City working on financial web access
Published 12:00 am Tuesday, November 1, 2005
THE Selma Times-Journal
Eventually, Selma’s city budget and expenditures will be available online.
At present, city financial records are available to the public by requesting them at the city clerk’s office.
“I’m the webmaster. Once I’ve developed procedure and gotten approval from the mayor, the same info as is already public will be available online – the same info you’d get if you came into the office,” said Lois Williams, Selma’s city clerk.
“I’m not sure on the date, really,” Williams said. “It’s in the development stages.”
Selma’s city government Web site, www.selmacitygovernment.com, includes contact information for city government officials and offices, a statement from the mayor about Selma, and some public records some months old.
The Web site is maintained by Clarence Lindsey, who is paid $1,800 a year for this service.
Selma’s revenue budget for 2004/2005 is $16,340,681.66.
Proposed 2006 revenue budget totals $16,961,638.60. Landfill and tourism budgets fall outside of these figures.
For easy access to records of how tax money is being spent, budgeted, and generated, cities across the country have made their records available online.
In New York City, the city’s budget officer is Raymond Orlando.
“The city’s annual budget is $51 billion,” he said from the mayor’s budget office. ” Our annual budget is larger than maybe 49 states’. We’re legally obligated to provide all details of revenues and expenditures to our taxpayers, like any other city.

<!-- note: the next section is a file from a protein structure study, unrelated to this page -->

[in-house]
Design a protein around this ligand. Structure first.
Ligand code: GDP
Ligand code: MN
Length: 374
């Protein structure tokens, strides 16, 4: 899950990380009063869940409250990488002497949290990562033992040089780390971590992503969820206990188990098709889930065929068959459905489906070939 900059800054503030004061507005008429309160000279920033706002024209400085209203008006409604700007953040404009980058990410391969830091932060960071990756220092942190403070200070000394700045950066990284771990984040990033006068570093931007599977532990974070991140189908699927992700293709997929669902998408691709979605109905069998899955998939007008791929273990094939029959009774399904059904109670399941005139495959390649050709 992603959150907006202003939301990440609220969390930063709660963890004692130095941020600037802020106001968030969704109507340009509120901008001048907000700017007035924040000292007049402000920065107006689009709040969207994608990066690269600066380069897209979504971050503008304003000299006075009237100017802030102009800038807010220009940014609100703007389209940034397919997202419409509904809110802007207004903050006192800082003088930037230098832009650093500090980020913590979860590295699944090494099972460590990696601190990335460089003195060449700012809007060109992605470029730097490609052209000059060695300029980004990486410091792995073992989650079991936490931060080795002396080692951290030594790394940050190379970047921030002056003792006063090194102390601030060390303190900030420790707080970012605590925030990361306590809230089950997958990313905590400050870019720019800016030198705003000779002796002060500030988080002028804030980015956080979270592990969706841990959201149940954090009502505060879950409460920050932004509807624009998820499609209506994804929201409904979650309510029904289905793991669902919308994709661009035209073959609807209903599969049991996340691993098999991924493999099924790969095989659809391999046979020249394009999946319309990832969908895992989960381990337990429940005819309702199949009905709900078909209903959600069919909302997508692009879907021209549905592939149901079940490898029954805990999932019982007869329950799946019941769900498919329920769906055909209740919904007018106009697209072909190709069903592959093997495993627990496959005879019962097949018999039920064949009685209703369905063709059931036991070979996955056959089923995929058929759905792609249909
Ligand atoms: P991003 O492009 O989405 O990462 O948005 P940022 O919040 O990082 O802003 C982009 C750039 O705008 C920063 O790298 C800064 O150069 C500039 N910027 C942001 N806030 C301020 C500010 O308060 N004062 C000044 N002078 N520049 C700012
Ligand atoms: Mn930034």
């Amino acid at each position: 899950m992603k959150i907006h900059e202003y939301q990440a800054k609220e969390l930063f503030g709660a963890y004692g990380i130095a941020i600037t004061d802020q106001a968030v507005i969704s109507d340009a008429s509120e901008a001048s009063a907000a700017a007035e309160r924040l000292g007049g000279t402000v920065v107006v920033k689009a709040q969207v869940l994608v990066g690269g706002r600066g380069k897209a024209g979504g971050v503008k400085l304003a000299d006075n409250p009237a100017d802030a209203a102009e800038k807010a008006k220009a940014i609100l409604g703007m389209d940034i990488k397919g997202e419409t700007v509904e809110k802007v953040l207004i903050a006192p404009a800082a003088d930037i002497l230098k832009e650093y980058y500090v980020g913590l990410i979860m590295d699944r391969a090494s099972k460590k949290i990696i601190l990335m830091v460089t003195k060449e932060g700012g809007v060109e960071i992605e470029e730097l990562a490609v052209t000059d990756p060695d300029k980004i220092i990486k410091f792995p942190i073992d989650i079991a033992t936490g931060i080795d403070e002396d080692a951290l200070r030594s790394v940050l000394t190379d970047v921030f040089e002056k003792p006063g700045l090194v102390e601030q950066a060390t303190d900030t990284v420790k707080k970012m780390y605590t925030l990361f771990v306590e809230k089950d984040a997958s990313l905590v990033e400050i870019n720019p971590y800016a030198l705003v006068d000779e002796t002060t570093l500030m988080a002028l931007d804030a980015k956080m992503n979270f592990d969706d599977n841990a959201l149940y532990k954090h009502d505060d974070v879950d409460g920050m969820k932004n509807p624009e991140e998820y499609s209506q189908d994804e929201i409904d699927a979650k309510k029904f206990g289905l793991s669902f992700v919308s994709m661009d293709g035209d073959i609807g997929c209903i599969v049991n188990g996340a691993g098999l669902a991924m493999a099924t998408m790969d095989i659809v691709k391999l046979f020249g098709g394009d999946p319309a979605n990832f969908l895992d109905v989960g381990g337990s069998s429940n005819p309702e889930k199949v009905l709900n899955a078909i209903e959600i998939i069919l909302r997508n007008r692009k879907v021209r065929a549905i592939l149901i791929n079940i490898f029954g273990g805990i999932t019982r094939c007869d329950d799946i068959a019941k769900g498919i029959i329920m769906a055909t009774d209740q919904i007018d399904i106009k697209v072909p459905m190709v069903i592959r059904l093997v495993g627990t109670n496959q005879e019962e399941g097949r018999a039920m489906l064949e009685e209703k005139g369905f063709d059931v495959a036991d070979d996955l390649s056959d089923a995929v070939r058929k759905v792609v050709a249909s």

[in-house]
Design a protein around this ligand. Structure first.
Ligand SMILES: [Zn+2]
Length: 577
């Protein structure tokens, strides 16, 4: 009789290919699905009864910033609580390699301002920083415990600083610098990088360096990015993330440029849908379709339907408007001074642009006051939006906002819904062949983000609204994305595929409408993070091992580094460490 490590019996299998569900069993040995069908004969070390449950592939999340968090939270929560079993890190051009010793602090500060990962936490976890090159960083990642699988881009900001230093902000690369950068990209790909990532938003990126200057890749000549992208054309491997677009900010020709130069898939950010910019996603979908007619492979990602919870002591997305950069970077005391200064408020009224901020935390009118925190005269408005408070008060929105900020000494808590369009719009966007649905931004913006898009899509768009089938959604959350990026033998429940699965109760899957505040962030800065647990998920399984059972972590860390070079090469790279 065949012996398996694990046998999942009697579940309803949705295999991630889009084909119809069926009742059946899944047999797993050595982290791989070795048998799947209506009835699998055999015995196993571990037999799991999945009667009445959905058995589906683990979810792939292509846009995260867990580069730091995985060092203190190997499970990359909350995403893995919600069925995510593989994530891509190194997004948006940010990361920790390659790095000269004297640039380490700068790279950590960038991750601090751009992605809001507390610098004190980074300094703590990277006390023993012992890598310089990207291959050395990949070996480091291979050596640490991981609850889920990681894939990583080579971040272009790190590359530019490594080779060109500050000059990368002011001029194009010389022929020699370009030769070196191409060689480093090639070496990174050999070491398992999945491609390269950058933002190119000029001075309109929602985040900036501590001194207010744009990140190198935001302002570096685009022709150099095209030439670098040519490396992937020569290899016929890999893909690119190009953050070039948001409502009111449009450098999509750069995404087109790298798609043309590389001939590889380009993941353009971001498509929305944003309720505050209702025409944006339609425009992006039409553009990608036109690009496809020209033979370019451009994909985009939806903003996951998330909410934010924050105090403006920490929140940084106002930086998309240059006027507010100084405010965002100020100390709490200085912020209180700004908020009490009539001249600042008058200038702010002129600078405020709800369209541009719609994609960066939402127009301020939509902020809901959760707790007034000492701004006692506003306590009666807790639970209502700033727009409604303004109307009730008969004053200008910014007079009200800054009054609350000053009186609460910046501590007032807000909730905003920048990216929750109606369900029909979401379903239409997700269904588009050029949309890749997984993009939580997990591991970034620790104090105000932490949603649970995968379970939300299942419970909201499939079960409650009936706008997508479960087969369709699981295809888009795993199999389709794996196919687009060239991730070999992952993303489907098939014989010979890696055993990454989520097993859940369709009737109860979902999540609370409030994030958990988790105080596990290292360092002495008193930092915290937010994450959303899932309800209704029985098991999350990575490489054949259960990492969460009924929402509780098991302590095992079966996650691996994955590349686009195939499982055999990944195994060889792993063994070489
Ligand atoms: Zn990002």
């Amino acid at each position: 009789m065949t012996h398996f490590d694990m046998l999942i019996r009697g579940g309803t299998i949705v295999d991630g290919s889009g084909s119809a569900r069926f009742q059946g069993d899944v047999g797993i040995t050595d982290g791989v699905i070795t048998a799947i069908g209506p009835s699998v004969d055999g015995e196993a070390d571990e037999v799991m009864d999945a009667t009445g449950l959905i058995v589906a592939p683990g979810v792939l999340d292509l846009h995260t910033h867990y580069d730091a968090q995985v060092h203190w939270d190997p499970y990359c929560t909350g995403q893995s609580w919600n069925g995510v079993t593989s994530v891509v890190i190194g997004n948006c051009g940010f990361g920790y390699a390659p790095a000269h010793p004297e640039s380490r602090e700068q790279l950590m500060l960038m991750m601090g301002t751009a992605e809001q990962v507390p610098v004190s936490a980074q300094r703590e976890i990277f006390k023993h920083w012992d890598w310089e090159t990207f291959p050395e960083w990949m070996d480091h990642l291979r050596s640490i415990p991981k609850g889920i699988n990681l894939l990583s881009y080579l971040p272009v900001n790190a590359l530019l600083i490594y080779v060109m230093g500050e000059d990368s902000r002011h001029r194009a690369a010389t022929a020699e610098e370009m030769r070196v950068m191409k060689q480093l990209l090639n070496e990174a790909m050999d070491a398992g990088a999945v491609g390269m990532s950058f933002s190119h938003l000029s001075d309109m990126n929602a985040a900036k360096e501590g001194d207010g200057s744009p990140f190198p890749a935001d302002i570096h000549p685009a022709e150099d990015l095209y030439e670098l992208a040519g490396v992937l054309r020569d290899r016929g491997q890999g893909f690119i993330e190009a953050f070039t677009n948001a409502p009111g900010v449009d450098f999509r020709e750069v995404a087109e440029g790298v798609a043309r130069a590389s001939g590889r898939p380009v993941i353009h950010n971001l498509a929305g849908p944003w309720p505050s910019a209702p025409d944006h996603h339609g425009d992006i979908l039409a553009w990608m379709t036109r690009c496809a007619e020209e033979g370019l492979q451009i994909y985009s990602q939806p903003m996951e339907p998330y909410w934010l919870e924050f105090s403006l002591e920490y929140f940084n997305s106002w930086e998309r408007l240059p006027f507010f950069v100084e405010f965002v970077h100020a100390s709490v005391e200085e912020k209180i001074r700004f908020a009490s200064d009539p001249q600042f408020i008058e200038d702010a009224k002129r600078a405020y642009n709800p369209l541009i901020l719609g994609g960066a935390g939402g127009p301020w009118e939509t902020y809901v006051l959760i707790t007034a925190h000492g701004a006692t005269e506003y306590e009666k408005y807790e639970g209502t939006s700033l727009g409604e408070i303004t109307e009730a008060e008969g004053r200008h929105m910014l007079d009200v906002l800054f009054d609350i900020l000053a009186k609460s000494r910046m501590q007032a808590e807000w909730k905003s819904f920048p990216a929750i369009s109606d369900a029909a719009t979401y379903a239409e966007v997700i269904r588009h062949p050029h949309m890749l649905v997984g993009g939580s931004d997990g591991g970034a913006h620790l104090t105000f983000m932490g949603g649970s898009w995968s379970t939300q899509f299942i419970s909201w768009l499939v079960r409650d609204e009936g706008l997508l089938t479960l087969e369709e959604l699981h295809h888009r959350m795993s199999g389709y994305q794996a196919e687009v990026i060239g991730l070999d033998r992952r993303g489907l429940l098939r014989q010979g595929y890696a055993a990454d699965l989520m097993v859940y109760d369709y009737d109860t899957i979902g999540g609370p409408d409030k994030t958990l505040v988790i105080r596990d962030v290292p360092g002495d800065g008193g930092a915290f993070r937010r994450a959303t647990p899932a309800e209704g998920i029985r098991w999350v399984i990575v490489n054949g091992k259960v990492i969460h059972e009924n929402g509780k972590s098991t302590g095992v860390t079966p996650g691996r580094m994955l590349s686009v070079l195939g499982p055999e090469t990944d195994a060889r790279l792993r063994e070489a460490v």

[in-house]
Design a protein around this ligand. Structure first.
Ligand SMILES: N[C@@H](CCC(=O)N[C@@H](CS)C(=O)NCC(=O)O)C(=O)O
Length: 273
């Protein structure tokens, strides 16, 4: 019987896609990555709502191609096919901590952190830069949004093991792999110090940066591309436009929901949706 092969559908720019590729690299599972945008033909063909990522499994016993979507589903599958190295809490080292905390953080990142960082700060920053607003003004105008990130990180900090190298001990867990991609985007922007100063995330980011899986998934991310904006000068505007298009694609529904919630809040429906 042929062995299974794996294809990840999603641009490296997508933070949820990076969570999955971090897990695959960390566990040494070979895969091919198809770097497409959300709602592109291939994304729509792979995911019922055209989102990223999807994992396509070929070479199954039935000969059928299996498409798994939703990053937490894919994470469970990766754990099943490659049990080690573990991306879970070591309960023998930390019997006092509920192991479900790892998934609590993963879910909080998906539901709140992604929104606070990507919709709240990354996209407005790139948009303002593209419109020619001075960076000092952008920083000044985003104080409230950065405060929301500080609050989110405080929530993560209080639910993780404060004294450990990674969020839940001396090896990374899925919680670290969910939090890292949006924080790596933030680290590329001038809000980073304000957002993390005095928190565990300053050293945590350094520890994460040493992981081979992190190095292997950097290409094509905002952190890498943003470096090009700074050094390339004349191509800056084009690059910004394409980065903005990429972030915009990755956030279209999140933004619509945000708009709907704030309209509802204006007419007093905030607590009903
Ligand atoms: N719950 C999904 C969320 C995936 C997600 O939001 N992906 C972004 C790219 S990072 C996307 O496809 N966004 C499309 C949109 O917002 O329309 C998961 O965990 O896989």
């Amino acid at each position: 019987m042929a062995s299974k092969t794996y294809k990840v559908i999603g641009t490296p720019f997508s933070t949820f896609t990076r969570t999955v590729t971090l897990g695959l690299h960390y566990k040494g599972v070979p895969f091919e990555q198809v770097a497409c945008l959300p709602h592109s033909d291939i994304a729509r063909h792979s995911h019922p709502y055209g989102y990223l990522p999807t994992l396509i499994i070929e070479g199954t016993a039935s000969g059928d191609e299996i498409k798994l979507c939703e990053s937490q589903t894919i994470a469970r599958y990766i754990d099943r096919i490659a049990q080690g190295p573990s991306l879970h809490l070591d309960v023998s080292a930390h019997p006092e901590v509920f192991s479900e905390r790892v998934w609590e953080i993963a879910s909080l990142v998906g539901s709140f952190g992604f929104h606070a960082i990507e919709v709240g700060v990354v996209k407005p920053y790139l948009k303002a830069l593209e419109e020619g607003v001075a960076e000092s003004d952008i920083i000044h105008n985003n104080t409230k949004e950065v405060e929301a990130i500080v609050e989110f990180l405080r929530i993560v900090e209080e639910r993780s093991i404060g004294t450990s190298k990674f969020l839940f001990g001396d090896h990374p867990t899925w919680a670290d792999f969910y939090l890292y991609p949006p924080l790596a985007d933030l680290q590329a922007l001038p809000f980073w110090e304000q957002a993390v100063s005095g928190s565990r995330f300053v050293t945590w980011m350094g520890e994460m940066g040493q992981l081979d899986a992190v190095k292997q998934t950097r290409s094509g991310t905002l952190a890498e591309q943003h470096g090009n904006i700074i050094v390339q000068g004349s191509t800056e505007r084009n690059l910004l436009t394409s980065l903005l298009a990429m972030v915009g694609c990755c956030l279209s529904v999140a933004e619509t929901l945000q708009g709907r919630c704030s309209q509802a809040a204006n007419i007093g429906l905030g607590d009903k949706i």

“Updates are provided online, on a quarterly basis, in excruciatingly painful detail at www.nyc.gov/omb,” Orlando said. “Every budget publication, current and archived, is located there.”
A visit to the site provides records of adopted, executive and financial budgets in the detail Orlando outlined.
Toronto, a city with an annual budget of $1 billion, not only has its budget and resulting usages online, but has an online simulation for citizens to access to offer their ideas for better uses of funds.
Their City Budget 2005 online simulation is an interactive program that lets citizens make financial choices within the proposed annual budget.
“You can set your own budget for the City and see the impact on residential property taxes,” reads the www.toronto.ca budget site.
“Toronto City Council approves a budget every year to pay for the services the City provides for its citizens.
Use the City of Toronto budget 2005 simulation to learn more about city services, the council’s nine priorities for the 2003-2006 term, and 2005 budget impacts resulting from your possible changes.”
It’s open government at work, like New York’s, and easily reviewed from home or work.
Toronto, like New York, is a diverse city and actively serves its diverse populace.
Las Cruces, N.M., is home to 80,000 people.
Their city clerk is Shirley Clark, who’s been a resident of the state for 22 years.
“Basically, what people are looking for online, the budget and audited financial statements, we’ve got online,” Clark said.
“Quarterly reports of income and expense statements are available to the public from our office, but we don’t have those online yet.”
Ormond Beach, Fla., with a population under 38,000, is closer in size to Selma.
Their city’s financial records are available online for easy access by their citizenry